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   Vol. 19 No. 28
Monday April 6, 2020
India Agents in CASS Throwdown
India Agents CASS Throwdown

     As the COVID-19 Pandemic continues to take hold in India, the major cause of worry that air freight forwarders have been facing—in the 21-day lockdown that India is going through—are the conflicting directives from authorities and regulators.
     One challenge is payment of handling charges through IATA’s Cargo Account Settlement System (CASS) to international carriers bringing or taking goods from India.
     Sunil Arora, President of the Air Cargo Agents Association of India (ACAAI), speaking to FlyingTypers pointed out that more than 500 IATA-authorized forwarders would not be able to pay the cargo handling charges to the carriers if they were not given an extension.

India In CASS Pandemic Throwdown

     The payments were due on April 1, and IATA has only given an extension of nine days until April 9. The extension time of nine days, said Arora, was not enough with the lockdown.
     He said that the forwarders were not in a position to pay up the airlines according to the CASS calendar.

Need More Time

     “We will start making the payment as per each due fortnight after 21 days, once the lockdown is withdrawn,” he said.
     According to ACAAI, around USD$2billion is sent through CASS every year.

Almost No One Paying

     Almost all export/import units, along with export promotion zones have not been functioning.
     To add to the forwarders’ woes, clients have delayed payments.
     So Arora has sent a letter to IATA India asking for more time.
     “We request you to immediately advise IATA CASS to give 21 days’ additional grace period from the due date of all the fortnightly CASS payments from March 16, for all ACAAI members, until the Covid-19 crisis is brought under control,” the letter to IATA states.

Enlightened No Fault-Default Needed

     Forwarders receive an ‘irregularity notice’ if they do not pay in within the allotted time.
     And if a forwarder receives three ‘irregularity notices’, he is declared a defaulter with CASS and international carriers often refuse to work with the forwarder again.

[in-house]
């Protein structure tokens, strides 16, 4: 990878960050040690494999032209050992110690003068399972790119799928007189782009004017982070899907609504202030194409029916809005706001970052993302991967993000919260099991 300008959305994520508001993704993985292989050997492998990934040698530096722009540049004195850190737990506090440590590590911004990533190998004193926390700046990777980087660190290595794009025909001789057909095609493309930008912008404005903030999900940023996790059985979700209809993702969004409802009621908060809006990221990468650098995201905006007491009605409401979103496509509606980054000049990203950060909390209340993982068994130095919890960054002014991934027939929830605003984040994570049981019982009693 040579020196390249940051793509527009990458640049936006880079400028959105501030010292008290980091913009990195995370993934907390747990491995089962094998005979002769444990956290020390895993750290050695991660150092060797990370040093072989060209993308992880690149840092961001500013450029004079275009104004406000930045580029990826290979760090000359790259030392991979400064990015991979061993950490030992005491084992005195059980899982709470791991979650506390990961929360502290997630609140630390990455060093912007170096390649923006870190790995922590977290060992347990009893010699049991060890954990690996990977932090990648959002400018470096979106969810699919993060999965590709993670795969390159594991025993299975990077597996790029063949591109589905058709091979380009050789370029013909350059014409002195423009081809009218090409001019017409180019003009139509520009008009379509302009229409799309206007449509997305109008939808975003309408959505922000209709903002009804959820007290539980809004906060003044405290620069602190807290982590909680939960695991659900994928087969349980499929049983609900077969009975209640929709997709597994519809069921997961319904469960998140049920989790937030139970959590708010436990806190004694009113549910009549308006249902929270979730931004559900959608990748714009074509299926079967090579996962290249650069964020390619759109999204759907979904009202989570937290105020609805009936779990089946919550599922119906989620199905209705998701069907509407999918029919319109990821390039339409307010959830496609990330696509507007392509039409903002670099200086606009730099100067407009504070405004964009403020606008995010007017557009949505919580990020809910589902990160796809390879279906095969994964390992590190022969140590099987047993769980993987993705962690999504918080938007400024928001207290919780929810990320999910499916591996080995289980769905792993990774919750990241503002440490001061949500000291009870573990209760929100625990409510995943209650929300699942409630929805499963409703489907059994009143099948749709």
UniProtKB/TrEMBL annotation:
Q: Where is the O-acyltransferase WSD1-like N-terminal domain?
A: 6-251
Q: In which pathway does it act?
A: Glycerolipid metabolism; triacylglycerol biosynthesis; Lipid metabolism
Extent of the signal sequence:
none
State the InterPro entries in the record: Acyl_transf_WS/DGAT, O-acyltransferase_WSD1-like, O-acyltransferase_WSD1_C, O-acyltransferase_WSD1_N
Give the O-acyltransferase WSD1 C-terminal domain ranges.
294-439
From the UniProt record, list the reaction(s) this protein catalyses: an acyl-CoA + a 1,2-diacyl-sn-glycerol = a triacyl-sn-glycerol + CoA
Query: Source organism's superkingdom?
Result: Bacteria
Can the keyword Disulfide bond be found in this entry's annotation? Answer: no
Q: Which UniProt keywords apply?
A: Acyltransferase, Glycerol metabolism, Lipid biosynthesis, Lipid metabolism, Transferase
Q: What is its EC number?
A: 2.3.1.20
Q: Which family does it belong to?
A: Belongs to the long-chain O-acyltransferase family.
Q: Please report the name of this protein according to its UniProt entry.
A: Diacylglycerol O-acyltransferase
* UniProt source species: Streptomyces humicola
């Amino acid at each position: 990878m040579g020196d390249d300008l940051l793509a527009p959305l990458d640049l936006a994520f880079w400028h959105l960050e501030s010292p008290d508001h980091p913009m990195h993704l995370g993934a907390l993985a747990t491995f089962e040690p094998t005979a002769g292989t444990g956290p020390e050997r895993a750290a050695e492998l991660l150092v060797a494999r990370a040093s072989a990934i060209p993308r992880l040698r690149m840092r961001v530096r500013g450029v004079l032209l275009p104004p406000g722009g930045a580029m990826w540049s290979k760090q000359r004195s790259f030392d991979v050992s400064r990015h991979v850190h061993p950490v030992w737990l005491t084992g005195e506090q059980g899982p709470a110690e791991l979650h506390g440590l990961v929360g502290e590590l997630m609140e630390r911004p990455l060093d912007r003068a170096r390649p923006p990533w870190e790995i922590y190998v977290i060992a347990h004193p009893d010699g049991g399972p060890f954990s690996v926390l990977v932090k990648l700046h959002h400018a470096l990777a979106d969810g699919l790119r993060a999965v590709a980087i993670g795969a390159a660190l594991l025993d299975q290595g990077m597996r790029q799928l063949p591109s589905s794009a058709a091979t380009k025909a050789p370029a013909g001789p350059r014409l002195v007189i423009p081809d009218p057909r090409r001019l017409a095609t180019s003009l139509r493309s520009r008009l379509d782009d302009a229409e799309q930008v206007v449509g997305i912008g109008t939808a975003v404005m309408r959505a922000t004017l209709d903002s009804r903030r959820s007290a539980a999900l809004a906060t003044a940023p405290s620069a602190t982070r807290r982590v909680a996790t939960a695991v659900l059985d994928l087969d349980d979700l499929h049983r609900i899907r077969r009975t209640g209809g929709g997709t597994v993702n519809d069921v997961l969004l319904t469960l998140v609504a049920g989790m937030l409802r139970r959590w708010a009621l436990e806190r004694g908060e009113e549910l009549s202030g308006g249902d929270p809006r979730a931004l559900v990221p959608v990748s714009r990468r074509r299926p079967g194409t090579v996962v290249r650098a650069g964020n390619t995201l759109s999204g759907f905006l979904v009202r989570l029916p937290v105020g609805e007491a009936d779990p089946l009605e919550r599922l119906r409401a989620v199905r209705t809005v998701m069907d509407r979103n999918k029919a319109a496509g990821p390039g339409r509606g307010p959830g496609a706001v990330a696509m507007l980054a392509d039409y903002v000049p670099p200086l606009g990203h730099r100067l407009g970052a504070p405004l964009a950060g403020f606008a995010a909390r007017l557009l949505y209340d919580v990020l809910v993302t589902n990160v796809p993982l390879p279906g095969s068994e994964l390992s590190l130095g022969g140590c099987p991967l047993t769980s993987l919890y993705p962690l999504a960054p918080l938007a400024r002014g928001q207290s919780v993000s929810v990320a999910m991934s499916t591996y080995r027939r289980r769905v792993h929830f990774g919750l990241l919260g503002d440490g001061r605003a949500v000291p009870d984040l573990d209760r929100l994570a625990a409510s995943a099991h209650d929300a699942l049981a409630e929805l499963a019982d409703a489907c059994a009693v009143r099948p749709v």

Speaking to FT, Arora said that he was not looking for a waiver.
     He emphasized that he was only seeking an “extension of the date, considering that our members are facing difficulty in getting payments from clients.”
     In fact, ACAAI has taken the case to the Prime Minister’s Office hoping that the intervention from the top would help IATA make up its mind and give an extension.

IATA Stands Its Ground

     For its part, IATA has said that banks were not part of the lockdown and since the payments had to be done electronically, the date would not be changed from April 9.      IATA pointed out that it would do “what we can to avoid agents being penalized for failure to comply with the reporting and remittance obligations under their Cargo Agency Agreement in view of the force majeure situation in the country and around the world.”

Congestion & Social Distancing

     As if that were not enough, the country’s air cargo stakeholders have demanded 100 percent waiver of all demurrage charges at all airports.
     With the lockdown in progress and acute shortage of labor, cargo, both import and export, is stuck inside the terminals.
     Almost all airports have reported congestion in the terminals with the Mumbai terminal suffering the most.
     Air cargo stakeholders point to the Ministry of Civil Aviation order of April 1, 2020, that allowed a waiver of 50 percent of demurrage charges levied by airports until April 15.
     However, the order had conditions, confusing forwarders and other stakeholders.
Tirthankar Ghosh

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